Brief: This beginner’s guide tells you what a checksum checks, what MD5, SHA-256 and SHA-1 checksums are, why checksums are used and how to verify checksums on Linux.
You’ll learn the following in this tutorial:
What is a Checksum?
A checksum is like the digital fingerprint of a file. In technical terms,
A checksum is a small-sized datum from a block of digital data for the purpose of detecting errors which may have been introduced during its transmission or storage.
So a checksum is a long string of data containing various letters and numbers. You’ll generally find them when downloading files from the web, e.g. Linux distribution images, software packages, etc.
The most common use of checksums is for checking if a downloaded file is corrupted.
For instance, the Ubuntu MATE download page includes an SHA-256 checksum for every image it makes available. So after you’ve downloaded an image, you can generate an SHA-256 checksum for it and verify that the checksum value matches the one listed on the site.
If it doesn’t, that means your downloaded image’s integrity is compromised (maybe it was corrupted during the download process). We will use an Ubuntu MATE “ubuntu-mate-16.10-desktop-amd64.iso” image file for this guide.
How is a Checksum generated?
Each checksum is generated by a checksum algorithm. Without going into the technical details let’s just say it takes a file as input and outputs the checksum value of that file. There are various algorithms for generating checksums. The most popular checksum algorithms are:
Let’s see how to verify a checksum on Linux.
How to use checksum to verify file integrity [GUI way]
If you’re looking for a graphical solution, you can use GtkHash.
GtkHash is a nifty tool for generating and verifying various checksums. It supports a wide range of checksum algorithms, including SHA, MD5 and others. Here’s a list of supported algorithms:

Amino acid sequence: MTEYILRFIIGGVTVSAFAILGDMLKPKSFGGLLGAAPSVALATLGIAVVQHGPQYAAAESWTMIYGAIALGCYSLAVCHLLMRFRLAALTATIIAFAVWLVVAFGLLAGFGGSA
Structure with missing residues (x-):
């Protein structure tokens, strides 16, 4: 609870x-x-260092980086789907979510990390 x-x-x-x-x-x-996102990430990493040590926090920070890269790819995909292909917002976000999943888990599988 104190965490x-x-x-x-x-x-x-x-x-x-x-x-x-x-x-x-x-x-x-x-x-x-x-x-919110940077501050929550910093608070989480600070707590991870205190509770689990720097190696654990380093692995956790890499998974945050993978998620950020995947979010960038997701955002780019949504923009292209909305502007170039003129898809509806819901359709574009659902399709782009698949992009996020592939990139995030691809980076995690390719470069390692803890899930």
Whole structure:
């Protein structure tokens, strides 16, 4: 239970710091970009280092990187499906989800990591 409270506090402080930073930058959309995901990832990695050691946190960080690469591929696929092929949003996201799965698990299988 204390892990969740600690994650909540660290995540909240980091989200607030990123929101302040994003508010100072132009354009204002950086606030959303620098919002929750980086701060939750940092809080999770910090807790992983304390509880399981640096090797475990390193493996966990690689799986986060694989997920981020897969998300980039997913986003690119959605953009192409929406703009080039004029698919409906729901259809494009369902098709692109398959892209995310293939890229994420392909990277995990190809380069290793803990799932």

Installing GtkHash on Ubuntu
To install GtkHash on your Ubuntu system, simply run the following command:
sudo apt install gtkhash
sudo apt install gtkhash
That’s it. Then select the checksum algorithms to use:
- Go to Edit > Preferences in the menu.
- Select the ones you’d like to use.
- Hit the Close button.
By default, MD5, SHA-1 and SHA256 are selected.
Using it is quite straight-forward.
- Select the file you want to check.
- Get the Checksum value from the website and put it in the Check box.
- Click the Hash button.
- This will generate the checksum values with the algorithms you selected.
- If any one of them matches with the Check box, it will show a small tick sign beside it.
Here’s an example showing GtkHash generating a checksum for the Ubuntu MATE iso image (ubuntu-mate-16.10-desktop-amd64.iso):
Verify checksums via Linux command line
Every Linux distribution comes with tools for various checksum algorithms. You can generate and verify checksums with them. The command-line checksum tools are the following:
- MD5 checksum tool is called md5sum
- SHA-1 checksum tool is called sha1sum
- SHA-256 checksum tool is called sha256sum
There are some more available, e.g. sha224sum, sha384sum, etc. All of them use similar command formats. Let’s see an example using sha256sum. We’ll use the same “ubuntu-mate-16.10-desktop-amd64.iso” image file that we used before.
Generating and Verifying SHA256 Checksum with sha256sum
First go to the directory where the .iso image is stored:
Now, to generate the SHA-256 checksum, enter the following command:
You’ll see the SHA-256 checksum in your terminal window! Easy, isn’t it?
If the generated checksum matches the one provided on the Ubuntu MATE download page, that will mean no data was changed while you downloaded the file – in other words, your downloaded file is not corrupted.
The other tools mentioned work similarly.
How accurately does this work?
If you’re wondering how accurately these checksums detect corrupted files – if you delete or change even one character from any one of the text files inside the iso image, the checksum algorithm will generate a totally different value for that changed image. And that will definitely not match the checksum provided on the download page.
Do you checksum?
One of the suggested steps while installing Linux is to verify the checksum of your Linux ISO. Do you always follow this step or do you do it only when something goes wrong with the installation?
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